Taliban lay siege to key Afghan city
The siege came a day after a bomb attack on a volleyball match killed 13 and the Islamic State group carried out coordinated strikes against police in the country’s east, ending a brief lull in violence during the Muslim festival of Eid.
“The Taliban launched an attack on Kunduz city from several directions,” Kunduz provincial police spokesman Sayed Sarwar Hussaini told AFP.
“So far 20 Taliban insurgents were killed in the fighting in different parts of Kunduz, and four Afghan security forces were confirmed wounded,” Hussaini said.
“Right now, heavy fighting is ongoing between our forces and the Taliban in Khanabad, Char Dara and Imam Sahib, the main entrances into the city of Kunduz,” he said, adding that “security forces are repelling” the militants.
Earlier the Taliban had seized several security checkpoints near the city, an AFP journalist in Kunduz said, though it was unclear if they had held on to their gains.
The city’s streets were deserted as residents barricaded themselves indoors.
“The situation is very bad. The fighting is particularly fierce in the southeastern area of the city,” a Western NGO official told AFP on condition of anonymity.
“There are still a few people on the streets but far less than usual.”
Taliban spokesman Zabihullah Mujahid claimed responsibility for the attacks, adding their fighters had overrun several checkpoints and killed 12 Afghan soldiers. The toll could not be verified.
The militants were also laying siege to all the city’s checkpoints, police stations, and the governor’s headquarters, Mujahid added.
– Co-ordinated strikes –
The Taliban have been waging a bloody insurgency since a US-led invasion ousted them from power in late 2001, and have stepped up attacks during a summer offensive launched in late April against the Western-backed government in Kabul.
On Sunday 13 people were killed and 33 wounded at a volleyball match in the eastern province of Paktika, while Islamic State fighters launched coordinated attacks on police checkpoints in the eastern province of Nangarhar.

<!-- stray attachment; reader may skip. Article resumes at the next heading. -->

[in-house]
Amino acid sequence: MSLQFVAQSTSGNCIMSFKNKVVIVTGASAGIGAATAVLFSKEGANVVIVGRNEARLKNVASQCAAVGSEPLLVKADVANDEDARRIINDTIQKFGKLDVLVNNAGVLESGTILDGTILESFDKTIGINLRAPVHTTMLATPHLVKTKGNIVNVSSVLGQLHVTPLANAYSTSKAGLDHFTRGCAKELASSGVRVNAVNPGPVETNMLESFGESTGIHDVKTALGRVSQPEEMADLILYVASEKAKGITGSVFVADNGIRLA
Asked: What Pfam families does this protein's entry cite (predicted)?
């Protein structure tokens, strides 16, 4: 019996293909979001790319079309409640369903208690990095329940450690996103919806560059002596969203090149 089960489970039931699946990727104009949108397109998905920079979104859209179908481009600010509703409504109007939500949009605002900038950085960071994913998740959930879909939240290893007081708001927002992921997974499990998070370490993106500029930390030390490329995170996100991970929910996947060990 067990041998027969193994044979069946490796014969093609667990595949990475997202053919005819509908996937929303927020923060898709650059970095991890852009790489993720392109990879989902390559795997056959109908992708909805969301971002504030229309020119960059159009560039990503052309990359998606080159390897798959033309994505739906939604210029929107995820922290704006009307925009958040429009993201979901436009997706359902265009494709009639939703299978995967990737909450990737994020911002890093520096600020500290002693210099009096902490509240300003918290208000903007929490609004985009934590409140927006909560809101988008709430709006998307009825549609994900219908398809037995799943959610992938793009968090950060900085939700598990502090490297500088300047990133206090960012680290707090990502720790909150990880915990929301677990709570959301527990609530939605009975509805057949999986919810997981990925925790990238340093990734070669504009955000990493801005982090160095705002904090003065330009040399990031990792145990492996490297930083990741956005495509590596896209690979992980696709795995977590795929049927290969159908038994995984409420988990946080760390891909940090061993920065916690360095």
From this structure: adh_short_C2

The Taliban denied being behind the attack in Paktika, a volatile frontier region considered a stronghold of their allies the Haqqani network.
The rival Islamic State group meanwhile has been been making inroads in Afghanistan over the past year, with its well-planned strikes on Sunday seen as a sign of its rising influence.
Retired General Atiqullah Amarkhil, a security analyst, said IS had chosen its targets in the Achin district because they were trying to gain control of an eastern highway connecting Afghanistan to Pakistan.
“Secondly, IS has chosen Achin and other Nangarhar province districts in order to gain control of the drug trade. IS needs such revenue streams in order to fight,” he added.
Afghanistan’s NATO-trained police and army have been fighting the Islamist militants this year without the front-line help of foreign forces, which ended their combat mission in December 2014.
A residual force of around 13,000 remains for training and counter-terrorism operations.
Peace overtures by the government of President Ashraf Ghani over summer ended in failure, as civilian casualties soared to a record high in the first half of 2015 according to a UN report.
It said 1,592 civilians were killed, a six percent fall over last year, while the number of injured jumped four percent to 3,329.
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